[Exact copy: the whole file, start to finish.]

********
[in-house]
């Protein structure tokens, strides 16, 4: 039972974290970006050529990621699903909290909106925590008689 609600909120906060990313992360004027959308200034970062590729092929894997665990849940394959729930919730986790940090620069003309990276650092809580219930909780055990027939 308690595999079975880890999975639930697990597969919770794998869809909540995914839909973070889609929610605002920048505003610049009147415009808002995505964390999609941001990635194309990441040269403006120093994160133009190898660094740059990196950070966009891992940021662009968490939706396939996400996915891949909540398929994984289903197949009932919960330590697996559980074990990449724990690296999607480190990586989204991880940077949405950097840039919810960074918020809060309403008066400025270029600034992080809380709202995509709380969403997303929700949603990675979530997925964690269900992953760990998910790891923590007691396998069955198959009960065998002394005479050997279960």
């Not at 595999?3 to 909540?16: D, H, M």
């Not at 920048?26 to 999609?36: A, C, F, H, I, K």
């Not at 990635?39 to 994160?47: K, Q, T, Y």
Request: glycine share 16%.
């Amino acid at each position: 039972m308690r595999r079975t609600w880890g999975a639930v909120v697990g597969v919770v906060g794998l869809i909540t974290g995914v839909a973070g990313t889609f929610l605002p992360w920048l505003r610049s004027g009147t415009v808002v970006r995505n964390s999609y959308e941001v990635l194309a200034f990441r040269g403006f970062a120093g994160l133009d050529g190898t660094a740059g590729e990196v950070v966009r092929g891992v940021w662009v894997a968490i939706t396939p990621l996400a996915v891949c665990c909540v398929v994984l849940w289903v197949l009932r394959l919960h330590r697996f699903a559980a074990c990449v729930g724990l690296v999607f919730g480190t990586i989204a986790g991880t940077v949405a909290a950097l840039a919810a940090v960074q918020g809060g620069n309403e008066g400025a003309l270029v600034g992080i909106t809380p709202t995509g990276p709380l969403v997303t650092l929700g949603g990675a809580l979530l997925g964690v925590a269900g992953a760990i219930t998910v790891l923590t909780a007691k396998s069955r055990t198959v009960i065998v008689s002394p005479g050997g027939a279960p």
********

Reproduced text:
[in-house]
């Protein structure tokens, strides 16, 4: 039972974290970006050529990621699903909290909106925590008689 609600909120906060990313992360004027959308200034970062590729092929894997665990849940394959729930919730986790940090620069003309990276650092809580219930909780055990027939 308690595999079975880890999975639930697990597969919770794998869809909540995914839909973070889609929610605002920048505003610049009147415009808002995505964390999609941001990635194309990441040269403006120093994160133009190898660094740059990196950070966009891992940021662009968490939706396939996400996915891949909540398929994984289903197949009932919960330590697996559980074990990449724990690296999607480190990586989204991880940077949405950097840039919810960074918020809060309403008066400025270029600034992080809380709202995509709380969403997303929700949603990675979530997925964690269900992953760990998910790891923590007691396998069955198959009960065998002394005479050997279960």
């Not at 595999?3 to 909540?16: D, H, M």
């Not at 920048?26 to 999609?36: A, C, F, H, I, K």
């Not at 990635?39 to 994160?47: K, Q, T, Y």
Request: glycine share 16%.
């Amino acid at each position: 039972m308690r595999r079975t609600w880890g999975a639930v909120v697990g597969v919770v906060g794998l869809i909540t974290g995914v839909a973070g990313t889609f929610l605002p992360w920048l505003r610049s004027g009147t415009v808002v970006r995505n964390s999609y959308e941001v990635l194309a200034f990441r040269g403006f970062a120093g994160l133009d050529g190898t660094a740059g590729e990196v950070v966009r092929g891992v940021w662009v894997a968490i939706t396939p990621l996400a996915v891949c665990c909540v398929v994984l849940w289903v197949l009932r394959l919960h330590r697996f699903a559980a074990c990449v729930g724990l690296v999607f919730g480190t990586i989204a986790g991880t940077v949405a909290a950097l840039a919810a940090v960074q918020g809060g620069n309403e008066g400025a003309l270029v600034g992080i909106t809380p709202t995509g990276p709380l969403v997303t650092l929700g949603g990675a809580l979530l997925g964690v925590a269900g992953a760990i219930t998910v790891l923590t909780a007691k396998s069955r055990t198959v009960i065998v008689s002394p005479g050997g027939a279960p």